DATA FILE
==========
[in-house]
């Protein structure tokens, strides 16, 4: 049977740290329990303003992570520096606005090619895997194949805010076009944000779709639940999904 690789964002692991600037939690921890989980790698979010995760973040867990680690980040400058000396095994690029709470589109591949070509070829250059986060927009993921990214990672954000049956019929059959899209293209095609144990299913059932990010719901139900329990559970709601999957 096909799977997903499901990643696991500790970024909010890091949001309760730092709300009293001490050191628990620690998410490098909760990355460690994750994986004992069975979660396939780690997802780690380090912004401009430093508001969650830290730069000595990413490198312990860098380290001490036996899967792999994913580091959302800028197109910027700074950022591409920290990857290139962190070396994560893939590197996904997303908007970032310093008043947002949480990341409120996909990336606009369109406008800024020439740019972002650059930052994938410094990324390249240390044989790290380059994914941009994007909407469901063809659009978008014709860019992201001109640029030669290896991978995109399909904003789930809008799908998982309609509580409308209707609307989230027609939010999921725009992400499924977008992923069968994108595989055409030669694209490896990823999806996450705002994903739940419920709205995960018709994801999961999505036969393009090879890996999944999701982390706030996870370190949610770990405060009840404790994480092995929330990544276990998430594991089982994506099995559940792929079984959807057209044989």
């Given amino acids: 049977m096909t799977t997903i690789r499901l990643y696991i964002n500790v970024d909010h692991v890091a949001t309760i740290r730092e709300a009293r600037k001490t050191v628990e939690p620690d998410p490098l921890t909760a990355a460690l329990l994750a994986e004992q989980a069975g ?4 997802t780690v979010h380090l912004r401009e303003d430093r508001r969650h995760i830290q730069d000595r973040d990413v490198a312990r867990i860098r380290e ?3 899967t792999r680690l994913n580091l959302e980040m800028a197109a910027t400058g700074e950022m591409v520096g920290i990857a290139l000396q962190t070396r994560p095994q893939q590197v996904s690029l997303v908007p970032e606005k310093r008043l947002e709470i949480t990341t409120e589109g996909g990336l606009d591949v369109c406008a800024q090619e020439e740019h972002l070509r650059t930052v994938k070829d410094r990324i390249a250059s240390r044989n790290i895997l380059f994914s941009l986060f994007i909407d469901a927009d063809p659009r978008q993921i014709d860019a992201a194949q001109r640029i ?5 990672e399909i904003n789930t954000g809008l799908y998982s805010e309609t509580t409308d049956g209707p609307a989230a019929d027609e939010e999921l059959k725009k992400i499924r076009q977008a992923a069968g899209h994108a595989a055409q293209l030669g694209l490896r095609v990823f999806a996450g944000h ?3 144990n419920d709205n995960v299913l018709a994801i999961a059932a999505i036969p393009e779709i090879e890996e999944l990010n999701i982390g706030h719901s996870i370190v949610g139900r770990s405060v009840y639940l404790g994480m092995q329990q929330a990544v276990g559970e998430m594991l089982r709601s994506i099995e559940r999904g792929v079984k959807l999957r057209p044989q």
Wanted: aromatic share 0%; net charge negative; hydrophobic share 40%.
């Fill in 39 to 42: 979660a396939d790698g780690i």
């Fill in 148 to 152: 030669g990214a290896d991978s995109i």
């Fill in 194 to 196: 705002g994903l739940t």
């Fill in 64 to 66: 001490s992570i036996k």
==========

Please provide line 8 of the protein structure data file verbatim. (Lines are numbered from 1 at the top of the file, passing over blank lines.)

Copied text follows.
């Fill in 64 to 66: 001490s992570i036996k």